HELOC vs home equity loan: How to choose the right one
HELOC or home equity loan?
Plenty of Americans are richer in home equity than they were a year ago thanks to rising home values across the nation. A HELOC or home equity loan can be a great way to cash out that equity.
Home equity lines of credit (HELOCs) and home equity loans are both second mortgages, meaning they let you tap your home’s cash value without refinancing.
But they have differences, too, including interest rates and closing costs. So take the time to explore HELOCs vs. home equity loans and see which is right for you.
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What is a second mortgage?
Also referred to as a ‘second mortgage,’ a home equity loan or home equity line of credit (HELOC) lets you access your home’s cash value without selling the home or refinancing your existing mortgage loan.
With either a HELOC or a home equity loan, you’re taking out an additional mortgage on top of your existing home loan (assuming you haven’t yet paid the original loan off). This will result in two separate monthly mortgage payments: one on your primary mortgage and one on your second mortgage.
When you apply for a second mortgage, your current equity determines how much you can borrow.
As a refresher, home equity is the value of your home minus what you owe on your mortgage. If you own a $300,000 home and owe $200,000 on your mortgage, you have $100,000 in equity.
HELOC vs. home equity loan
When you’re ready to borrow against your home’s equity, you will likely have three choices:
- A fixed-rate home equity loan
- A variable-rate home equity line of credit (HELOC)
- A cash-out refinance loan
Let’s look at how these options compare.
Fixed-rate home equity loan
Simply put, a home equity loan is another mortgage loan that’s usually smaller than your current mortgage. You’d receive the total amount you intend to borrow in one lump sum and pay it back every month.
The repayment schedule for a home equity loan is typically 5-15 years. Since it’s an installment loan, the payment and interest rate remain the same over the lifetime of the loan.
Also, a home equity loan must be repaid in full if the home is sold.
Adjustable-rate home equity line of credit (HELOC)
A HELOC uses your home equity to fund a credit line which you can draw from as needed.
During the draw period you can use your HELOC like you’d use a credit card, but without the high-interest debt to worry about. Also during the draw period, you can choose to repay loan principal or only make interest payments each month, depending on your financial situation at the time.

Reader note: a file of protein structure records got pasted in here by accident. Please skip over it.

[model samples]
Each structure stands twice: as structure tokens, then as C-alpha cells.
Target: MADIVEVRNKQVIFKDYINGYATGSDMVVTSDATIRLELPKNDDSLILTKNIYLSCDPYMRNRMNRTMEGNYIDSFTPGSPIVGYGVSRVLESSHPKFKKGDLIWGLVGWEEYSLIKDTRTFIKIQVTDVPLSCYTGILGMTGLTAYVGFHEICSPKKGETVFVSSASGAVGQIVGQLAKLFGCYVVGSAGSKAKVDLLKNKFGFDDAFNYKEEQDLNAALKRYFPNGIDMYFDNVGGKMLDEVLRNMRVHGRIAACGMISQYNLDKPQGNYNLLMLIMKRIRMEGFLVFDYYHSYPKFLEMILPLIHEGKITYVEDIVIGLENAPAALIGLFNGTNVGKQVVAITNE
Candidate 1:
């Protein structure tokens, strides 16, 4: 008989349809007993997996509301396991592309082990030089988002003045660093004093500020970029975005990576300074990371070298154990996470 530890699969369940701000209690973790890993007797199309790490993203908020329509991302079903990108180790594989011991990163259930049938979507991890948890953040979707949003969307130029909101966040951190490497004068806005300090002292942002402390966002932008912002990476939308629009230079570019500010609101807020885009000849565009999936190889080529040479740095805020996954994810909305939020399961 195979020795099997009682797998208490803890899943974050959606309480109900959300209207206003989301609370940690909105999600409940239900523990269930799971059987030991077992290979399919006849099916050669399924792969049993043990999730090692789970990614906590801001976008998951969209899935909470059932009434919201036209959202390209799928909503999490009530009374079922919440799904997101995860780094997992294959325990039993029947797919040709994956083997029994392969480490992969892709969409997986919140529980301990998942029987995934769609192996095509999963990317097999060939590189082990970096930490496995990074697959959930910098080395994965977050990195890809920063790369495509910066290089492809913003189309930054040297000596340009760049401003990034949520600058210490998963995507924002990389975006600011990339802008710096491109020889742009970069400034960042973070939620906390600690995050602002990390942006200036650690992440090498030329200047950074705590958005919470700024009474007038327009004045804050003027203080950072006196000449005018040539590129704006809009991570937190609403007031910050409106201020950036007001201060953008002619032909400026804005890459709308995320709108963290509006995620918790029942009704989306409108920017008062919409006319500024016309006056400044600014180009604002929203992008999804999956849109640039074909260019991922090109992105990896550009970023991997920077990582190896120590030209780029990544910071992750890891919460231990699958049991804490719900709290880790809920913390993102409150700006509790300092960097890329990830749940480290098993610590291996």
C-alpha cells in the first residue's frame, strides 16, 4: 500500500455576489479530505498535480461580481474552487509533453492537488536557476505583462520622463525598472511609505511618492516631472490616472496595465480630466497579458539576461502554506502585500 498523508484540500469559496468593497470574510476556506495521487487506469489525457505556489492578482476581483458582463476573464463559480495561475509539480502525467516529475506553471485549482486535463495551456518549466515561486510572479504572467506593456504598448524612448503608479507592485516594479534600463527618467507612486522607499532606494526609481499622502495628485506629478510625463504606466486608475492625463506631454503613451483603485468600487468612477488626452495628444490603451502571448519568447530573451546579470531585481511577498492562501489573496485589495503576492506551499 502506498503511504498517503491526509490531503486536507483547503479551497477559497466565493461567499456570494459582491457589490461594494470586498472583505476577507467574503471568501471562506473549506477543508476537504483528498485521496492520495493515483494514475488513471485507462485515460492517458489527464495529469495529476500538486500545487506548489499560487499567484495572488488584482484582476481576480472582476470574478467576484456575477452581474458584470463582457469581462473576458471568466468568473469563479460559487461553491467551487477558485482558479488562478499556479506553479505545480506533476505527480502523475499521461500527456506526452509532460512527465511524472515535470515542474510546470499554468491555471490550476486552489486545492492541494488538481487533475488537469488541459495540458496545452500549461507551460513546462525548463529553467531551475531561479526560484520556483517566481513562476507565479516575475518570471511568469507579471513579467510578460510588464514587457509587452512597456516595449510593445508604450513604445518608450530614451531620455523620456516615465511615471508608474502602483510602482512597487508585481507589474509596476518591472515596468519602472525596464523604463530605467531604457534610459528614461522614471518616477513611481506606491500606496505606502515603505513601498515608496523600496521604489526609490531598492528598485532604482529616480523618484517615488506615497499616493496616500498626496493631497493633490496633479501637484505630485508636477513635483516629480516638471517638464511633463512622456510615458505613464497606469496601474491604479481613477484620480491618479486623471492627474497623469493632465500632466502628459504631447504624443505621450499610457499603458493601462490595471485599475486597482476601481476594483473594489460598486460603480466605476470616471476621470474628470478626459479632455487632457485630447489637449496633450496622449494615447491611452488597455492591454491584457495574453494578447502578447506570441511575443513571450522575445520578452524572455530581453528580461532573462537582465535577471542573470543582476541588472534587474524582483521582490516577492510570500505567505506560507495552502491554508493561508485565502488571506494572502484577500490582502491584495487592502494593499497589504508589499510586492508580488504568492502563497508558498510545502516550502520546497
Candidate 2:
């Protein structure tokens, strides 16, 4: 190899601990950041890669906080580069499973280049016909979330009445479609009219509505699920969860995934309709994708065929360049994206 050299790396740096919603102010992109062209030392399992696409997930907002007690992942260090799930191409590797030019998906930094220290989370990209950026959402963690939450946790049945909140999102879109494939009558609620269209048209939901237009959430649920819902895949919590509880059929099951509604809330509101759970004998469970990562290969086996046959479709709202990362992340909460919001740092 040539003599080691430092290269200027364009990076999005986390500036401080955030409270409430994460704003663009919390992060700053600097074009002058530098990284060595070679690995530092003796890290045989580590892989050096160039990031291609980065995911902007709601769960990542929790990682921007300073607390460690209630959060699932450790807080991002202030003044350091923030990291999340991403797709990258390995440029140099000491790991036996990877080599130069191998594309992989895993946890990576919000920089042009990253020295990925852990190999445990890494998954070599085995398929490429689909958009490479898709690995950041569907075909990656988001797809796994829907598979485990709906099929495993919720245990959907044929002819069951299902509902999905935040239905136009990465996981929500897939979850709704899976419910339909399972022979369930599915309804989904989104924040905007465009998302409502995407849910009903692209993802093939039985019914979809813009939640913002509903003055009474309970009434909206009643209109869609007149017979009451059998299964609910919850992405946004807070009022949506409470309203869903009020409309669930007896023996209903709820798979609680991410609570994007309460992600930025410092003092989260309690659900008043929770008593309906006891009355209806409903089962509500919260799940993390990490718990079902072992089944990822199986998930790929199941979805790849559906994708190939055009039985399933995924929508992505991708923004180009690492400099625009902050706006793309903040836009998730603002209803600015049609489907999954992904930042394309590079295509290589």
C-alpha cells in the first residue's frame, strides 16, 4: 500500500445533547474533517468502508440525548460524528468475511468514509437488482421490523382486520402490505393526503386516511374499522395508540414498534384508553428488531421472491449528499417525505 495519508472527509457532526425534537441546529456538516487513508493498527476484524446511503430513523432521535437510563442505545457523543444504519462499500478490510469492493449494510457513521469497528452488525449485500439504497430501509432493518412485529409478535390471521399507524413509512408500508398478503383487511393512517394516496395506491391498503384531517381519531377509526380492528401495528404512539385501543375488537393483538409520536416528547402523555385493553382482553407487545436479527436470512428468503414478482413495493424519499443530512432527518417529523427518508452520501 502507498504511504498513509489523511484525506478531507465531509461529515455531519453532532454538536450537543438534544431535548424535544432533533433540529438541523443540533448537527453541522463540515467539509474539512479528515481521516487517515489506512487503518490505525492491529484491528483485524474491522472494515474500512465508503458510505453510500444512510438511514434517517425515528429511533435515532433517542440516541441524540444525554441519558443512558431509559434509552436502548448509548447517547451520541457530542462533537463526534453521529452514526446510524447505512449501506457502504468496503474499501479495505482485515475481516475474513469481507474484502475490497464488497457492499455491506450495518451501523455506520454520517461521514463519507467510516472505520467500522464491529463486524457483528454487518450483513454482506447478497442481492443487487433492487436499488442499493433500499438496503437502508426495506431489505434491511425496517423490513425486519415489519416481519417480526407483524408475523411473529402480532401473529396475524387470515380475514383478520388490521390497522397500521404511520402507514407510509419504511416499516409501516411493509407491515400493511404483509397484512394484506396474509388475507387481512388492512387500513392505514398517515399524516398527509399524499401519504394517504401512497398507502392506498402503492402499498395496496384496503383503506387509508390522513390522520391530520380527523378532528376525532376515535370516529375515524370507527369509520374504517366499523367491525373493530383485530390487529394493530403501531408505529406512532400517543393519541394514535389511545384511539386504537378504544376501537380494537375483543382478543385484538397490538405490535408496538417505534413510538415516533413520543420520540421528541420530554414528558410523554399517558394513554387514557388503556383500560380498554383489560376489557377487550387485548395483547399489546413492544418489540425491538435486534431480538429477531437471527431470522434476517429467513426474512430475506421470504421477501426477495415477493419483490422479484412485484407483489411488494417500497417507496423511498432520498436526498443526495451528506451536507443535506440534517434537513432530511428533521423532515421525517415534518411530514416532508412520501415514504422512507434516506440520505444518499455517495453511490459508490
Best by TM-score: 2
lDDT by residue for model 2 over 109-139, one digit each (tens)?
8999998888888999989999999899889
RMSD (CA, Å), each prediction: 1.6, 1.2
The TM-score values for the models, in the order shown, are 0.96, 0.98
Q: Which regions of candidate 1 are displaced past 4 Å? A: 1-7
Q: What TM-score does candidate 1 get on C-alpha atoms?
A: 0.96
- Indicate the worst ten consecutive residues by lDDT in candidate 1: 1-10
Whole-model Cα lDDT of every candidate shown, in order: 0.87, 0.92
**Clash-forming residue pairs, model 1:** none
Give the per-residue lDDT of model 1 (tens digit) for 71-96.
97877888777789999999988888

The draw period (typically 5 to 10 years) is followed by a repayment period of 10 to 20 years, during which you can no longer withdraw funds and must repay any outstanding balance in full with interest.
Unlike a home equity loan or HELOC, a cash-out refinance replaces your existing mortgage with a whole new loan.
The new loan balance is larger than what you currently owe, and the difference is paid to you at closing (minus closing costs).
Since a cash-out refinance is a first mortgage (not a second mortgage), it will typically offer lower interest rates than a HELOC or home equity loan. And requirements can be more lenient, too. FHA cash-out loans are even available with a credit score as low as 600.
On the downside, a cash-out refinance starts your loan over, so it may increase your total interest cost over the life of the loan.
The long-term cost depends on how much time is left on your existing mortgage and how low your new interest rate is compared to your old one.
Pros and cons of HELOCs vs. home equity loans
As you decide between a HELOC and a home equity loan, consider the pros and cons of both types of borrowing.
Home equity loan pros:
- Fixed interest rate and fixed payments
- Simplicity of an installment loan
- Single disbursement is ideal for big projects, purchases, or debt consolidation
Home equity loan cons:
- Less flexibility than a home equity line of credit (HELOC)
- Interest is charged on full loan amount, no matter how much of it you use
- Lenders may require higher credit scores than for traditional mortgages
- Not all lenders offer these loans
- Closing costs can be higher than for HELOCs
- Interest charged only on the amount drawn from the line of credit
- Can be paid off and re-used throughout the draw period
- Ideal for ongoing or not-yet-planned projects